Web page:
THE BLOG

Introducing Free Social Care Would Be a Golden Opportunity - Don't Let it Pass by

12/04/2015 19:07 BST | Updated 09/06/2015 10:59 BST

The Health Select Committee's recent report into end of life care strongly recommended that free social care be available to everyone at the end of life. The committee's considered and authoritative report was unambiguous on the importance of free social care, and we are now at a stage where cross-party consensus has never been stronger. It's not the first time we've heard support for this policy; in 2012 this government recognised 'much merit' in free social care being introduced to those at the end of life, so we need commitment from those who can now make it happen.

Many people could benefit from having access to free social care, where much needed support is provided in the home, and we know that people with cancer who are at the end of life are a perfect example. That's because we know that 73 per cent of people with cancer would prefer to die at home, but only 30 per cent currently do - the broader picture for people at the end of life is not much different. This unacceptable discrepancy between preference and reality needs to change.

Support from social care services can help people with a terminal cancer diagnosis to remain and die in their own homes, if they so choose. For those who aren't able to rely on their family or a carer, social care helps them with non-nursing tasks, such as washing, getting dressed and preparing meals. For those who do have the support of their family or a carer, social care gives loved-ones a much-needed break from the physical and emotional strain of caring for someone at the end of life.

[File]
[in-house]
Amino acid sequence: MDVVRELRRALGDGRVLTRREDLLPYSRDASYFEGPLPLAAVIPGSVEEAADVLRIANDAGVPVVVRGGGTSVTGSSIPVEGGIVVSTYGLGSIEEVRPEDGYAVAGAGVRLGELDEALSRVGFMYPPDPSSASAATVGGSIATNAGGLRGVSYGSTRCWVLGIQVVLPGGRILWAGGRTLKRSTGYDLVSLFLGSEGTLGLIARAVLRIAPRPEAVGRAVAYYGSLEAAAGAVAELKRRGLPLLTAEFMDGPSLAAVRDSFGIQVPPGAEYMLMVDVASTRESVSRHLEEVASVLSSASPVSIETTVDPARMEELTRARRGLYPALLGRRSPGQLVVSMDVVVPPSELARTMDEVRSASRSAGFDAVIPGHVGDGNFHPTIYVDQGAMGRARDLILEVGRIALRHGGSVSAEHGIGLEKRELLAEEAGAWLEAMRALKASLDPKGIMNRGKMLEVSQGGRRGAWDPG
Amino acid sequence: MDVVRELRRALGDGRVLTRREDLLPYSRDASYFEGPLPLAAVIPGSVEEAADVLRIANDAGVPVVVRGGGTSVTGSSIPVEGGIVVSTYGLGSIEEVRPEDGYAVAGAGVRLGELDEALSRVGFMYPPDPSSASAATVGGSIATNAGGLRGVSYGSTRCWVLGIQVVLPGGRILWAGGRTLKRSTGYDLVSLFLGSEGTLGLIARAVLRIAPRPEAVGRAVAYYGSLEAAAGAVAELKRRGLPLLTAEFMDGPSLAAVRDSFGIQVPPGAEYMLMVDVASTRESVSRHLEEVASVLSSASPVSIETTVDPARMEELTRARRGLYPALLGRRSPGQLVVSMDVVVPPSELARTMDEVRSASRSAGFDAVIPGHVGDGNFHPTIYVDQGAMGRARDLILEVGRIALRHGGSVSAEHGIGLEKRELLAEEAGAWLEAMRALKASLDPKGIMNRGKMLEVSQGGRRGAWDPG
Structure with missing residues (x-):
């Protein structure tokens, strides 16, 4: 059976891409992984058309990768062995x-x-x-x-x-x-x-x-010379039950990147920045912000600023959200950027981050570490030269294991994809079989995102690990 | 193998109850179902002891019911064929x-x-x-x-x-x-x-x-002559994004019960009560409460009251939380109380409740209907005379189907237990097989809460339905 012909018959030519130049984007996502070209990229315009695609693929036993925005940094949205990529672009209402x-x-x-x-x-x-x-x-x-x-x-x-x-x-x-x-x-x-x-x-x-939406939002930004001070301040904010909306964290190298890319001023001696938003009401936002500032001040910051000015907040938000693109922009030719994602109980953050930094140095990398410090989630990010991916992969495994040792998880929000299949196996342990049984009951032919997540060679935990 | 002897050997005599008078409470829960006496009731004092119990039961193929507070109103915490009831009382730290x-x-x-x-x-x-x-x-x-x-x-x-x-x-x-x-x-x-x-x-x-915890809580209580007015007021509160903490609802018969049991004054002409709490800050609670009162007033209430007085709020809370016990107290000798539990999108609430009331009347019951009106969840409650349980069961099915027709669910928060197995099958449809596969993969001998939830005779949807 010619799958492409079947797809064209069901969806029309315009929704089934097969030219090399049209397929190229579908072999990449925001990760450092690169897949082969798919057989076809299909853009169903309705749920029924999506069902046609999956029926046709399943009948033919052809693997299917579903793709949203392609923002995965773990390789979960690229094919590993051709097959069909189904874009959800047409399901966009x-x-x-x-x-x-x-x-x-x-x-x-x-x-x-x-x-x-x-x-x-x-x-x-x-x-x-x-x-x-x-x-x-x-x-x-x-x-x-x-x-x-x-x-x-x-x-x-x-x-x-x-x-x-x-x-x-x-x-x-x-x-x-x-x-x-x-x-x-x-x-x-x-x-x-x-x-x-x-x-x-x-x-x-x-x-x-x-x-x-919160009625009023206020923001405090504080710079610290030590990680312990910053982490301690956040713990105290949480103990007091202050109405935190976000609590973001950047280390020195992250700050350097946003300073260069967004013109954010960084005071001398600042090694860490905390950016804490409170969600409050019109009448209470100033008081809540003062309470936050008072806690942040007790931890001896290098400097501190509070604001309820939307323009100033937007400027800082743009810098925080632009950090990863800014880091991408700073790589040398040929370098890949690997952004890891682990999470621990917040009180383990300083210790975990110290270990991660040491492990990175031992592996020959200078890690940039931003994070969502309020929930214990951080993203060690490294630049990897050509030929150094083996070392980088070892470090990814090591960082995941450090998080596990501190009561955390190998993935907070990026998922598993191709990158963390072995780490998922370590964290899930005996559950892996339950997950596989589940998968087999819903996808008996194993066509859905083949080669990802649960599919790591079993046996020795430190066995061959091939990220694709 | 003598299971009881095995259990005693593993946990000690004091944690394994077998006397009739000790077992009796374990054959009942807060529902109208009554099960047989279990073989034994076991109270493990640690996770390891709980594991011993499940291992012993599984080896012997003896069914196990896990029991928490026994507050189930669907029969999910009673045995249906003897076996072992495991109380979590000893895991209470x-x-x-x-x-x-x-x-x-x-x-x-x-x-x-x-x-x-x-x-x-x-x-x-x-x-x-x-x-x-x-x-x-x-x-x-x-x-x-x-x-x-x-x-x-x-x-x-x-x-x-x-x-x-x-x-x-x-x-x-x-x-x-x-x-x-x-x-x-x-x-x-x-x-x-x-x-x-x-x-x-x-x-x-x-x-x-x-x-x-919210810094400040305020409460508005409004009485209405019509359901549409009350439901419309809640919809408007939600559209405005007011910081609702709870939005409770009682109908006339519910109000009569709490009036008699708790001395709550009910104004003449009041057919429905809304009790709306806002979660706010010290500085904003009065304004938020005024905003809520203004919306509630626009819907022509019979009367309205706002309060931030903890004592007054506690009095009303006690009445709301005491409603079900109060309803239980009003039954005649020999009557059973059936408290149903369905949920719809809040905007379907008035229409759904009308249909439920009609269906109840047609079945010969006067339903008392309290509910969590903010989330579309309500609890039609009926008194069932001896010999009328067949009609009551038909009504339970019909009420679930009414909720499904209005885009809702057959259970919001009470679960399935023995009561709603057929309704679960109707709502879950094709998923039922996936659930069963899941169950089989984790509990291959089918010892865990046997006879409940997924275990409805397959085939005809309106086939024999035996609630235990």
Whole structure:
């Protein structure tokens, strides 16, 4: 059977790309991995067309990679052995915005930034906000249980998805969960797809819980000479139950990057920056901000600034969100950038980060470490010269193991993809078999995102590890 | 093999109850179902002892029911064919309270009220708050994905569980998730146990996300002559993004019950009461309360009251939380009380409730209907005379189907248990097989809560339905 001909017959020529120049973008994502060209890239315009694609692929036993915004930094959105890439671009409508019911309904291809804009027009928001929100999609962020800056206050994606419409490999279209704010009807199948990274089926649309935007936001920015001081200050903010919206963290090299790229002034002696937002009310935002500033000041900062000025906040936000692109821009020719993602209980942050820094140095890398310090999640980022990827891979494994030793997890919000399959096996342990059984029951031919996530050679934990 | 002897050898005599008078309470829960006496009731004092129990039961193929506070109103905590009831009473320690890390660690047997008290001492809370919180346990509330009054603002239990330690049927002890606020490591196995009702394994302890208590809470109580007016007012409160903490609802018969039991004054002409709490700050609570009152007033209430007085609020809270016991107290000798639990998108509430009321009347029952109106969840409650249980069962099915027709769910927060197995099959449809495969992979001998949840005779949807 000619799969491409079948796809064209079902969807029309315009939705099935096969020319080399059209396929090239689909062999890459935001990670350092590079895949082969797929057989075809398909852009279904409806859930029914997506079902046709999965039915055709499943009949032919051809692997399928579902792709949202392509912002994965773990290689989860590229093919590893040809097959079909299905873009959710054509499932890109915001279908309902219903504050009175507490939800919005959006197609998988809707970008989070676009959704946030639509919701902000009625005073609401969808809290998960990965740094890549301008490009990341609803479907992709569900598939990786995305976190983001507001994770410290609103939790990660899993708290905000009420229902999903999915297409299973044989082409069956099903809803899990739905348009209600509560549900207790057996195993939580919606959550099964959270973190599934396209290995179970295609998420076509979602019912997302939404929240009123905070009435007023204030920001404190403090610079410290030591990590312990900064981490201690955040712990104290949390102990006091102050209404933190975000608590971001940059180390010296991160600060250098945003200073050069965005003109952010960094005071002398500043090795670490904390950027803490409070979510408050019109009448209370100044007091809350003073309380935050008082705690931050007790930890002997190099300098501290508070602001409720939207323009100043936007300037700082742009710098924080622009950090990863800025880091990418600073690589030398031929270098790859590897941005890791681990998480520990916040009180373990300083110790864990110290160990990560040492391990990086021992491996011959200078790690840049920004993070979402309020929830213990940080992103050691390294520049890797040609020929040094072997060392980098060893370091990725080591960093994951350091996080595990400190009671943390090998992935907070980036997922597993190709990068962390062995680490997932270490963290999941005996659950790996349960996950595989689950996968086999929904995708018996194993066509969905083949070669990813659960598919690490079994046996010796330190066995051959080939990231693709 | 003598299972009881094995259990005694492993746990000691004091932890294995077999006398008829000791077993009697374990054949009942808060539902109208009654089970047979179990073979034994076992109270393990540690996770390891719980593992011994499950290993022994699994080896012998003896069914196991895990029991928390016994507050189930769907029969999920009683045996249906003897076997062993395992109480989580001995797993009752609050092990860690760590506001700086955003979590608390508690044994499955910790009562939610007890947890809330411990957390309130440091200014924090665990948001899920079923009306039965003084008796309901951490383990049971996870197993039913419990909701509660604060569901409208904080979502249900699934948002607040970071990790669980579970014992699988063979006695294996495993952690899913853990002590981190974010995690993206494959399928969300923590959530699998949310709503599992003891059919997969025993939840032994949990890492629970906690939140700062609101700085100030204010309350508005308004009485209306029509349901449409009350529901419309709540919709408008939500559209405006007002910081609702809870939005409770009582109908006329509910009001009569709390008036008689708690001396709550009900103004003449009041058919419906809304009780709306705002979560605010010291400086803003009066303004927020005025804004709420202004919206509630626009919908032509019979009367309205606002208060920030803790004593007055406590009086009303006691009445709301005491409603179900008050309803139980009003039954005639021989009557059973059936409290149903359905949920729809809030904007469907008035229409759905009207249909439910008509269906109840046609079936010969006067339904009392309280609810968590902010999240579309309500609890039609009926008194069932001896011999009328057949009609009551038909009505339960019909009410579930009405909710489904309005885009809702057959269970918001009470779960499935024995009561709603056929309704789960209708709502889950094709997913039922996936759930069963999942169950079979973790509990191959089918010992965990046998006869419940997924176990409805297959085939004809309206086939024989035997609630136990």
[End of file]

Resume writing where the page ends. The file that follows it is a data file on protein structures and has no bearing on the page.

Having a choice over where a person dies should not be a luxury that is inconsistently experienced, it should be at the core of everyone's end of life plans. With the number of people living with cancer in the UK set to grow to 2.5 million this year, it is essential the government embraces measures that will give people the best experience possible, while also being cost-effective.

In a report last year, Macmillan Cancer Support estimated that £137million was spent delivering hospital care to 36,400 cancer patients - that's 100 people a day - who died in hospital in 2012 despite saying that they wanted to die at home. Hospital beds are expensive and oversubscribed so access to free social care could help reduce the pressure on the NHS that so often dominates the headlines.

Introducing free social care at the end of life is a golden opportunity to improve people with cancer's last experiences, while simultaneously easing the strain on the NHS. We are now at a point where the stars of government and professional opinion are aligned on the issue - and it is incumbent on the next government to ensure it becomes a reality. Macmillan Cancer Support is calling on all political parties to include free social care for people at the end of life in their manifestos ahead of the election in May. We simply cannot wait any longer.